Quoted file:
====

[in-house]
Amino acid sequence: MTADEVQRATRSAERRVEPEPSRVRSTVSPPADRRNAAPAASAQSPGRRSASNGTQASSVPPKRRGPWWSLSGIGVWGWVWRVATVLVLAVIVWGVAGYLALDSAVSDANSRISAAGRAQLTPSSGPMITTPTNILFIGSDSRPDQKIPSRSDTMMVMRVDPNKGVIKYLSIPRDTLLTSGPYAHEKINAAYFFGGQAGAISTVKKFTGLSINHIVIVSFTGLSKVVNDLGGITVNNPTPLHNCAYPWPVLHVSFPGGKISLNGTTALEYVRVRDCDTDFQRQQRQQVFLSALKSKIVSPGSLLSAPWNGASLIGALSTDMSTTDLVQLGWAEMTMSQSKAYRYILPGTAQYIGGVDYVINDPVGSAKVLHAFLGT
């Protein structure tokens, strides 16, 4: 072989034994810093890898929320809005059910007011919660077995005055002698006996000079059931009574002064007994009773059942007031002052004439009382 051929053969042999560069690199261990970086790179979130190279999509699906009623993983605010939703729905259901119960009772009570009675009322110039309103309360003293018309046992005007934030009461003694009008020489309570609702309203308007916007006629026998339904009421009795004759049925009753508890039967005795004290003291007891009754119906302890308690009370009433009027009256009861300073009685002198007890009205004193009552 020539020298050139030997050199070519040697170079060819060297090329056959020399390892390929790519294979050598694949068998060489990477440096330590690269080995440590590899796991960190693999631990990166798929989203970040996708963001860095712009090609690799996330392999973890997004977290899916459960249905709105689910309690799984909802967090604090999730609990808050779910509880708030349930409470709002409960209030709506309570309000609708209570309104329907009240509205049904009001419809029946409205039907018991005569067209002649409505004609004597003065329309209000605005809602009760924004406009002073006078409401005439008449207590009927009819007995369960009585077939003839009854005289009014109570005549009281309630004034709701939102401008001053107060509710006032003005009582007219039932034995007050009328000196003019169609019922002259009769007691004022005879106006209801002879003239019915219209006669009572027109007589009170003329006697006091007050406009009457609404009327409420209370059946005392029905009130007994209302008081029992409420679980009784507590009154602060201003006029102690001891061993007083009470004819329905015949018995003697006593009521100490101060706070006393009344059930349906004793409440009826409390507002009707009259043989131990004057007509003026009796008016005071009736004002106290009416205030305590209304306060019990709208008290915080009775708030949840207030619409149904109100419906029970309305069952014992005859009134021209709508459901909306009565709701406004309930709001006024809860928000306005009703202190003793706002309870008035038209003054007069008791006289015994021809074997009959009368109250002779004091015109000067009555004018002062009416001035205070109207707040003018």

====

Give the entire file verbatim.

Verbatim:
[in-house]
Amino acid sequence: MTADEVQRATRSAERRVEPEPSRVRSTVSPPADRRNAAPAASAQSPGRRSASNGTQASSVPPKRRGPWWSLSGIGVWGWVWRVATVLVLAVIVWGVAGYLALDSAVSDANSRISAAGRAQLTPSSGPMITTPTNILFIGSDSRPDQKIPSRSDTMMVMRVDPNKGVIKYLSIPRDTLLTSGPYAHEKINAAYFFGGQAGAISTVKKFTGLSINHIVIVSFTGLSKVVNDLGGITVNNPTPLHNCAYPWPVLHVSFPGGKISLNGTTALEYVRVRDCDTDFQRQQRQQVFLSALKSKIVSPGSLLSAPWNGASLIGALSTDMSTTDLVQLGWAEMTMSQSKAYRYILPGTAQYIGGVDYVINDPVGSAKVLHAFLGT
């Protein structure tokens, strides 16, 4: 072989034994810093890898929320809005059910007011919660077995005055002698006996000079059931009574002064007994009773059942007031002052004439009382 051929053969042999560069690199261990970086790179979130190279999509699906009623993983605010939703729905259901119960009772009570009675009322110039309103309360003293018309046992005007934030009461003694009008020489309570609702309203308007916007006629026998339904009421009795004759049925009753508890039967005795004290003291007891009754119906302890308690009370009433009027009256009861300073009685002198007890009205004193009552 020539020298050139030997050199070519040697170079060819060297090329056959020399390892390929790519294979050598694949068998060489990477440096330590690269080995440590590899796991960190693999631990990166798929989203970040996708963001860095712009090609690799996330392999973890997004977290899916459960249905709105689910309690799984909802967090604090999730609990808050779910509880708030349930409470709002409960209030709506309570309000609708209570309104329907009240509205049904009001419809029946409205039907018991005569067209002649409505004609004597003065329309209000605005809602009760924004406009002073006078409401005439008449207590009927009819007995369960009585077939003839009854005289009014109570005549009281309630004034709701939102401008001053107060509710006032003005009582007219039932034995007050009328000196003019169609019922002259009769007691004022005879106006209801002879003239019915219209006669009572027109007589009170003329006697006091007050406009009457609404009327409420209370059946005392029905009130007994209302008081029992409420679980009784507590009154602060201003006029102690001891061993007083009470004819329905015949018995003697006593009521100490101060706070006393009344059930349906004793409440009826409390507002009707009259043989131990004057007509003026009796008016005071009736004002106290009416205030305590209304306060019990709208008290915080009775708030949840207030619409149904109100419906029970309305069952014992005859009134021209709508459901909306009565709701406004309930709001006024809860928000306005009703202190003793706002309870008035038209003054007069008791006289015994021809074997009959009368109250002779004091015109000067009555004018002062009416001035205070109207707040003018």